Monday, 9 May 2016

A letter: Diabetes burnout

Dear,
whom it may concern,

If you're feeling burnout, you're probably not too sure what it is you're experiencing at the moment, it's a time that leaves you wondering what it is that's going on, why have you lost the desire to control your blood sugar? Diabetes burnout is probably one of the biggest challenges a diabetic might face, it is a huge barrier to overcome. The feeling of defeat, the sense of failure, the lack of motivation to look after yourself, can weigh you down immensely and leave you pushing diabetes and all that it entails to the back of your mind. I've been there, so if you're in this position, I know how you're feeling. Even more so, I know that whatever you're feeling right now, you can come out the other side.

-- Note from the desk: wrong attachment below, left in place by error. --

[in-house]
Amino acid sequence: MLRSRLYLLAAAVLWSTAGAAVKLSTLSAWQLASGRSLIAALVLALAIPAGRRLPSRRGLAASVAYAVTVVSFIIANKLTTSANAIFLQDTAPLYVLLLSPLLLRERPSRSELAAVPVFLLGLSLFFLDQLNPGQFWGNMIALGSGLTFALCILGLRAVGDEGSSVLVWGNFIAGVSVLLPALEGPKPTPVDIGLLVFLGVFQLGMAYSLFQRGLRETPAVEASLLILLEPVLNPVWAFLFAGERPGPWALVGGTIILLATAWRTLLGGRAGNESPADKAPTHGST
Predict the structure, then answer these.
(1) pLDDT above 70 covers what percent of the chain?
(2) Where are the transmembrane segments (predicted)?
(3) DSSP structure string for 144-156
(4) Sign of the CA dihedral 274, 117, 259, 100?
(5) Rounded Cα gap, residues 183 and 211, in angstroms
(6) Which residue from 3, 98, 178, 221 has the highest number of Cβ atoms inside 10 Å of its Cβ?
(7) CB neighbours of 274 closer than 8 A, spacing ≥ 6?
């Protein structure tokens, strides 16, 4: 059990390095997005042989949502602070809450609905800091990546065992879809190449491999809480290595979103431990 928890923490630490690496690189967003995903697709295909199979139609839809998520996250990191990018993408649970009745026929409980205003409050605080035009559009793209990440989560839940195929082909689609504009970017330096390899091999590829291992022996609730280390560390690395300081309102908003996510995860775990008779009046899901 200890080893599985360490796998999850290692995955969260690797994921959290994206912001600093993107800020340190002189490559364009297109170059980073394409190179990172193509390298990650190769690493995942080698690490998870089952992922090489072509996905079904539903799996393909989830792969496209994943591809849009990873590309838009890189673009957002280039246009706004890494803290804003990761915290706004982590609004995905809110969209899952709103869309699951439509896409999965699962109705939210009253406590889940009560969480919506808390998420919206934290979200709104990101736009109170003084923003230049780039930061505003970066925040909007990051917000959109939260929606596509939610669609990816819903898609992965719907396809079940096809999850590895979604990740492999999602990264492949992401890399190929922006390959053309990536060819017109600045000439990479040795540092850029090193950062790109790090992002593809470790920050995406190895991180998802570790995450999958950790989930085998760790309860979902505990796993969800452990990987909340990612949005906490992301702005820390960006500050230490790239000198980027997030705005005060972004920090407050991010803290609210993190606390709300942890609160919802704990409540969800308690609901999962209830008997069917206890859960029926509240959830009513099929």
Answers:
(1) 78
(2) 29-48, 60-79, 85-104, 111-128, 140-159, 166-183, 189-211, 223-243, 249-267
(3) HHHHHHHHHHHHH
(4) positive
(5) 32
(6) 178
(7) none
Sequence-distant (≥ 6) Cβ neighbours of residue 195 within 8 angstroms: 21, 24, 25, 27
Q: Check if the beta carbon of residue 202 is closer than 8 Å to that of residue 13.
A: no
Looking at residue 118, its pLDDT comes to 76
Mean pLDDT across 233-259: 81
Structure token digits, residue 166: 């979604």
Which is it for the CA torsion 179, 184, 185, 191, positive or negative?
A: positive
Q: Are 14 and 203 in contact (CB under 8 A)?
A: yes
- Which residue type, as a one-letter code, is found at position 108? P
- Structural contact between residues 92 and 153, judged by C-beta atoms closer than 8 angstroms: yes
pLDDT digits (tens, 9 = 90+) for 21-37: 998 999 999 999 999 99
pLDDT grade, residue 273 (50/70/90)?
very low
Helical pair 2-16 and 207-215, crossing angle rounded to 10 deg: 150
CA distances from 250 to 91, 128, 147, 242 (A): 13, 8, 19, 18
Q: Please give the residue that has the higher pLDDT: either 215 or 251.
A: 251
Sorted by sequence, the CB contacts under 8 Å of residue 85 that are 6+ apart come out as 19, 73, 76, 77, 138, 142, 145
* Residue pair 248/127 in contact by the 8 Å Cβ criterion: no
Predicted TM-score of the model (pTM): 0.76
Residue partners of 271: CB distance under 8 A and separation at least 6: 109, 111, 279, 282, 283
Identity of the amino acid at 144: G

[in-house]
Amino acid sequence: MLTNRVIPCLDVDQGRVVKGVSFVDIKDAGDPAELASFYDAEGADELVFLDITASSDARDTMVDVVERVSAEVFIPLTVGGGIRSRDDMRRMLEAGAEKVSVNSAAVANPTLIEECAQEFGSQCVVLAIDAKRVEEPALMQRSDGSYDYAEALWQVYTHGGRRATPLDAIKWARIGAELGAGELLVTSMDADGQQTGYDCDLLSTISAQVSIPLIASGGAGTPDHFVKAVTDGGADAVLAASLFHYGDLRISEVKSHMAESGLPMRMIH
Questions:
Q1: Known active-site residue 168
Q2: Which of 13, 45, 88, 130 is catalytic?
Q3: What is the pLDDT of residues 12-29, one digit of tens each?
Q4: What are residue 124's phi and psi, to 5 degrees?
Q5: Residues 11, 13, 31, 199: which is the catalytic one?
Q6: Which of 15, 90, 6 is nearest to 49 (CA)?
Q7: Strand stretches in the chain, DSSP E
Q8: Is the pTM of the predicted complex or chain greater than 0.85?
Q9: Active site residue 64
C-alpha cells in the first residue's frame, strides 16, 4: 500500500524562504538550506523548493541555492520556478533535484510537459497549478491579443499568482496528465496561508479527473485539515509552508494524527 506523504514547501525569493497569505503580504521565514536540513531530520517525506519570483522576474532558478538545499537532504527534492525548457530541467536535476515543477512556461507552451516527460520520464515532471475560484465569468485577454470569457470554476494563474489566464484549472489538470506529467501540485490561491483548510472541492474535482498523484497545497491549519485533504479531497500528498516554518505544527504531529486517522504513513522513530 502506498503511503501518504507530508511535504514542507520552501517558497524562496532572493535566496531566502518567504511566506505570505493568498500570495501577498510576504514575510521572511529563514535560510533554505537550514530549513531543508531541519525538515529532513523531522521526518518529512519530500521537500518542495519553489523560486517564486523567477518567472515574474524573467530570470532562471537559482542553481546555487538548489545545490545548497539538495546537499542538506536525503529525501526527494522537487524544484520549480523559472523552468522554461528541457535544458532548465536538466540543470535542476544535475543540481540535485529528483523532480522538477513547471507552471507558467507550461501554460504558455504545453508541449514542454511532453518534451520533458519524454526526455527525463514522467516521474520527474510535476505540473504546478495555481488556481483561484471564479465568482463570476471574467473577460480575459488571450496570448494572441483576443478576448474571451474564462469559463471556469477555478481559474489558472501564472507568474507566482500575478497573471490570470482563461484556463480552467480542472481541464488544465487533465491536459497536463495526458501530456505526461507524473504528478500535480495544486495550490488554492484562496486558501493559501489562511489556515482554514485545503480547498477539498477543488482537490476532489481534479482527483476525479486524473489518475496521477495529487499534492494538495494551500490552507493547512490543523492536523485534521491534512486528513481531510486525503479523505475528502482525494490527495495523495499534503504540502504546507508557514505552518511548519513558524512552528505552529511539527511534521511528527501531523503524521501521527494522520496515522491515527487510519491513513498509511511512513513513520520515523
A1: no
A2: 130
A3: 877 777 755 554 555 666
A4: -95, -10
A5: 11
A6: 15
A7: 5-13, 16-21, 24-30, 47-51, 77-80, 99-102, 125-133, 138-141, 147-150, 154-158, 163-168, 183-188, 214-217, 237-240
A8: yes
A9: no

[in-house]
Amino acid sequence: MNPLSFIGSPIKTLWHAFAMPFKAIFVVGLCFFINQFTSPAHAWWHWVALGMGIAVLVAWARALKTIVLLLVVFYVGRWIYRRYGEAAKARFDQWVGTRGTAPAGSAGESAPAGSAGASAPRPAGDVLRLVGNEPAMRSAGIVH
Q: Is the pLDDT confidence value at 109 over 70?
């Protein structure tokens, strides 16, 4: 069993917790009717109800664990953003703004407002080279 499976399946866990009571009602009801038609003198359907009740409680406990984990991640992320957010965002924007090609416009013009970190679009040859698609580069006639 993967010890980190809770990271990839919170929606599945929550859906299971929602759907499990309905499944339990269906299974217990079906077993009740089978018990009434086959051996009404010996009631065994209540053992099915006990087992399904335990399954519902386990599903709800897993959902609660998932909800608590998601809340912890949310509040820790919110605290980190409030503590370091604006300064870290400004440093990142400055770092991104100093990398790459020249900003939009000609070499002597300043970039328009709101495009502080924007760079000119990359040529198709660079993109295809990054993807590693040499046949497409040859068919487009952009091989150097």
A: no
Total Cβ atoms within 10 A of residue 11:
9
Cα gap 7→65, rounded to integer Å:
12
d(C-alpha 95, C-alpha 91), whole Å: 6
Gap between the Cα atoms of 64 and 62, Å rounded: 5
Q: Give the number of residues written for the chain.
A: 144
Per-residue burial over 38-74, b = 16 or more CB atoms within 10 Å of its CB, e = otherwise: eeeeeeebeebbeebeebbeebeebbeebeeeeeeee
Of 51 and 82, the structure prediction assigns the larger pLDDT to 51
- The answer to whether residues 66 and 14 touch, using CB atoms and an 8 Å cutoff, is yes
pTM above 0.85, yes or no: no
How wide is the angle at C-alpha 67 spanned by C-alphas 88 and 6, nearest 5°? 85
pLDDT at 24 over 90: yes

I know that a lot of Health Care Professionals tend to ignore the emotional side of a life with Type 1 Diabetes, we have a massive responsibility right from the moment we're diagnosed. Immediately it becomes ours and our parents duty to keep us alive...and I feel like in the moment, a lot of people don't have the time or the capacity to fully absorb it, you go with the diagnosis and you get on with it- because right there, at that point, your focus is on "Ok, so what do I have to do to control this?" The frustrated thoughts come after, when you're more comfortable with Type 1 Diabetes and your mind starts to wander. Am I right? I feel like that's what process my emotions went through. When frustrations occur, you begin to push diabetes out, it all gets a bit overwhelming, and with that comes lack of motivation. Being your own pancreas is tiring, and sometimes we don't just get physically tired, but tired deep down, a tired soul.